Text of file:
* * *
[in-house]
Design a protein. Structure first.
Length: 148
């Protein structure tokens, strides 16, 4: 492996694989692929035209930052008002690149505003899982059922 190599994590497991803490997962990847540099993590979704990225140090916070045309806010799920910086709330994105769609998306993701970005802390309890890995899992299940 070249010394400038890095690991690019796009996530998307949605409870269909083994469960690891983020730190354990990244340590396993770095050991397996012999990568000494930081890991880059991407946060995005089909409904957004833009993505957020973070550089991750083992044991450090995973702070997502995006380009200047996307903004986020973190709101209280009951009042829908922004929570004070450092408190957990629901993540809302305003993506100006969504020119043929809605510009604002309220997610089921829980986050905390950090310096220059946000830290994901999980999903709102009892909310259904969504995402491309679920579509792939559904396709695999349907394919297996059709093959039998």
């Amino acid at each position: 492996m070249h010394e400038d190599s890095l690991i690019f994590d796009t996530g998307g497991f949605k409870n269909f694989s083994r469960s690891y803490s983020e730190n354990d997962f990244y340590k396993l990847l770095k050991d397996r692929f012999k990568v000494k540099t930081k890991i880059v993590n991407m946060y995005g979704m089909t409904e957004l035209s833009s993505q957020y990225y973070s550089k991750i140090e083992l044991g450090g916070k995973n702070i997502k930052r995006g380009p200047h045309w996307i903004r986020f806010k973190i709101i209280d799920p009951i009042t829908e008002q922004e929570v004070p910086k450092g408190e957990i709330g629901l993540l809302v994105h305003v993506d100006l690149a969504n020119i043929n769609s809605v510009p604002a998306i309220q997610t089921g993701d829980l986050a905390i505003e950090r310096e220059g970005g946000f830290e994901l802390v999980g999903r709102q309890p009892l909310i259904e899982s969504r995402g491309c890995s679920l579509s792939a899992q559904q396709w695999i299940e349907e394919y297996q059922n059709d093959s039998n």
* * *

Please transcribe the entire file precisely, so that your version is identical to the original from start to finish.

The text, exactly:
[in-house]
Design a protein. Structure first.
Length: 148
């Protein structure tokens, strides 16, 4: 492996694989692929035209930052008002690149505003899982059922 190599994590497991803490997962990847540099993590979704990225140090916070045309806010799920910086709330994105769609998306993701970005802390309890890995899992299940 070249010394400038890095690991690019796009996530998307949605409870269909083994469960690891983020730190354990990244340590396993770095050991397996012999990568000494930081890991880059991407946060995005089909409904957004833009993505957020973070550089991750083992044991450090995973702070997502995006380009200047996307903004986020973190709101209280009951009042829908922004929570004070450092408190957990629901993540809302305003993506100006969504020119043929809605510009604002309220997610089921829980986050905390950090310096220059946000830290994901999980999903709102009892909310259904969504995402491309679920579509792939559904396709695999349907394919297996059709093959039998």
């Amino acid at each position: 492996m070249h010394e400038d190599s890095l690991i690019f994590d796009t996530g998307g497991f949605k409870n269909f694989s083994r469960s690891y803490s983020e730190n354990d997962f990244y340590k396993l990847l770095k050991d397996r692929f012999k990568v000494k540099t930081k890991i880059v993590n991407m946060y995005g979704m089909t409904e957004l035209s833009s993505q957020y990225y973070s550089k991750i140090e083992l044991g450090g916070k995973n702070i997502k930052r995006g380009p200047h045309w996307i903004r986020f806010k973190i709101i209280d799920p009951i009042t829908e008002q922004e929570v004070p910086k450092g408190e957990i709330g629901l993540l809302v994105h305003v993506d100006l690149a969504n020119i043929n769609s809605v510009p604002a998306i309220q997610t089921g993701d829980l986050a905390i505003e950090r310096e220059g970005g946000f830290e994901l802390v999980g999903r709102q309890p009892l909310i259904e899982s969504r995402g491309c890995s679920l579509s792939a899992q559904q396709w695999i299940e349907e394919y297996q059922n059709d093959s039998n």